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Syncthing

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Sat, 21 Aug 2021 00:00:00 GMT

Similar to my issues with Obsidian Publish, I was not about to subscribe to 4$ a month to send markdown files from my phone to my computer. Obsidian’s help docs suggest two mobile apps, but both synced to a server rather than device to device. Enter: SyncThing

Syncing text files

Setup was difficult (I had to manually enter a 30 or something char long pairing code), and I found the app confusing at first. Some direction would be useful (save for the incomplete docs that I needed to Google for), but used my critical thinking skills and caught on quick. The majority of the systems make sense once you learn them, and there are quite a few goodies I did not feel the need to take advantage of but could see the usecase of (such as ignore lists and send or receive only).

Once I had my devices paired, I added my vault folder to SyncThing and checked the device(es) I wanted to sync with. I was relieved to discover I simply needed to consent on the other device and file syncing began perfectly.

When I say perfectly I almost mean perfectly (that’s a compliment!). I configured SyncThing to “watch” the folder for changes, and it perfectly and instantly picked up on every change and synced it every time. The only annoyance I had was how it handled an error syncing a file. I made a markdown file with a ? mark in its name, and was informed of a syncing error and directed to the console to “look for clues”. To SyncThing’s credit, no tracebacks or anything, just a clean log entry informing me windows does not support question marks in file names: but I would have much rathered that information be presented in app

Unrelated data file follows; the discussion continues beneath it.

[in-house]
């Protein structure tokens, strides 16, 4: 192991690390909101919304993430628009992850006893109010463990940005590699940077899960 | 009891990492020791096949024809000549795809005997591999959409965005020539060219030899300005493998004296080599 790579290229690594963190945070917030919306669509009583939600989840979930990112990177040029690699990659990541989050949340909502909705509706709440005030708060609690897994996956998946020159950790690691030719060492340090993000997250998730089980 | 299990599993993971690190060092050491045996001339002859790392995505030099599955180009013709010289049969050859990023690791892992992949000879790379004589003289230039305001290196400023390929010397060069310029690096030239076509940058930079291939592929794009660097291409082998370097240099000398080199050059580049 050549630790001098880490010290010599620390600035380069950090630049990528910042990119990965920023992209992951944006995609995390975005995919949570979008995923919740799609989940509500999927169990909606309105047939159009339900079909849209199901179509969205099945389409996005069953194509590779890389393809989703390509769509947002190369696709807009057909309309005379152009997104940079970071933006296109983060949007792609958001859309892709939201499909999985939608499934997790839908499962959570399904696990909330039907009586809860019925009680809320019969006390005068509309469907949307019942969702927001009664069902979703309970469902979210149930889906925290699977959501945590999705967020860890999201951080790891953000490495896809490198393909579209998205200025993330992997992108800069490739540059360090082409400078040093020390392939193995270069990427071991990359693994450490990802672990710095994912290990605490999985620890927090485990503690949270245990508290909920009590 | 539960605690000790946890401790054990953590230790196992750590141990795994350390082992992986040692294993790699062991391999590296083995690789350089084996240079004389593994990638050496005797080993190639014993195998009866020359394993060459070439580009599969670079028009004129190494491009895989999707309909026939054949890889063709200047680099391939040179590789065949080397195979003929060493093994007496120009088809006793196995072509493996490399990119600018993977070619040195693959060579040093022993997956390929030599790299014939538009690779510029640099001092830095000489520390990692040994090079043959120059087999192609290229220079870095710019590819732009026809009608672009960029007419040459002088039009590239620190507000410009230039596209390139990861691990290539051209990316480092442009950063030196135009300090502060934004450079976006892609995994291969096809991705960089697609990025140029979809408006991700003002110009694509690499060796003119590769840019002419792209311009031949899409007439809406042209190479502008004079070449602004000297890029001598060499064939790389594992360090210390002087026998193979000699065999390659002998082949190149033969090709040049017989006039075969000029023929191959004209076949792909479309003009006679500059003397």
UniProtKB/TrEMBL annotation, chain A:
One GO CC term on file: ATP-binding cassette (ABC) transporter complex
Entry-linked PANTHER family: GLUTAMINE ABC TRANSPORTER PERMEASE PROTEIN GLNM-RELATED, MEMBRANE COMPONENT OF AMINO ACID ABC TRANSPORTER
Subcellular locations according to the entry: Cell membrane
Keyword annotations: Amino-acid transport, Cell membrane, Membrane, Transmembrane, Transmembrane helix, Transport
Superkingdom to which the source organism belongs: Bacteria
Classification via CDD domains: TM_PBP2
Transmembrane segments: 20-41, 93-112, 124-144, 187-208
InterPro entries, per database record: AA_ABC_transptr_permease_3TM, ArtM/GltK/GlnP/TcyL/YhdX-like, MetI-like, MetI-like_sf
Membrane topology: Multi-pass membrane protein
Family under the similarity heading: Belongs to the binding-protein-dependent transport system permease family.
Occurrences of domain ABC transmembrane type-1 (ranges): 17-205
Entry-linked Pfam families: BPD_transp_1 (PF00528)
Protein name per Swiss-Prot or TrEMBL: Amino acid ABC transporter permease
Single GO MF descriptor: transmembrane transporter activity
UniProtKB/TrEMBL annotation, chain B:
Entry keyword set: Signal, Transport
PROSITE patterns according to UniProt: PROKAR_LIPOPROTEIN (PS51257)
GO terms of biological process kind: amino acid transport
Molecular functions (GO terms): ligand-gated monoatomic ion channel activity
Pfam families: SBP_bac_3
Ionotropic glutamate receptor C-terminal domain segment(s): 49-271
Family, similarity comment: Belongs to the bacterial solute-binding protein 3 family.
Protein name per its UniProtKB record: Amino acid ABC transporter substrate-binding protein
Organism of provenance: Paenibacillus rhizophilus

Syncing music

Next I synced my mp3 library between mobile and PC again. Setup went just as smoothly as in the second paragraph. Naturally, mp3 file size holds no candle to that of markdown files. I had previously manually copied the music over, But at a later date did the following

  • Modified the metadata on my computer
  • Downloaded a few additional songs

I was delighted to discover that not only did it perfectly bring these devices in sync, It did not “fully” sync the files that I updated the metadata of. Instead, it appeared only a portion of each file was synced, reducing my bandwidth usage! You can learn more here in the docs, but the relevant portion is quoted below:

Blocks making up a file are all the same size (except the last one in the file which may be smaller). The block size is dependent on the file size and varies from 128 KiB up to 16 MiB. Each file is sliced into a number of these blocks, and the SHA256 hash of each block is computed. This results in a block list containing the offset, size and hash of all blocks in the file.
To update a file, Syncthing compares the block list of the current version of the file to the block list of the desired version of the file. It then tries to find a source for each block that differs. This might be locally, if another file already has a block with the same hash, or it may be from another device in the cluster

Cool!

Ebooks

I was able to make a small script with the guidance of NiLuJe on a post I found to sync my E-reader and phone after side loading KoReader onto my Kobo. Currently the script is blocking so I run it only when I want to update the device (a good practice anyway, wifi is a big battery hog!)

A scare

As I wrote this post, I encountered a merge conflict. Somehow, I picked the wrong version and boom, 3570 characters gone. Luckily, obsidian's Ctrl+Z worked. From then on I enabled trashcan versioning on all my devices. That should be default!

Conclusion

Yeah, this is great, a quest to sync my writing resulted in finding the solution for all my synchronization needs. I suggest if you need to interface with the same offline data on multiple devices you give SyncThing a try and stick with it even if setup is frustrating - you will thank yourself later.


What links here?

/node/syncthing.html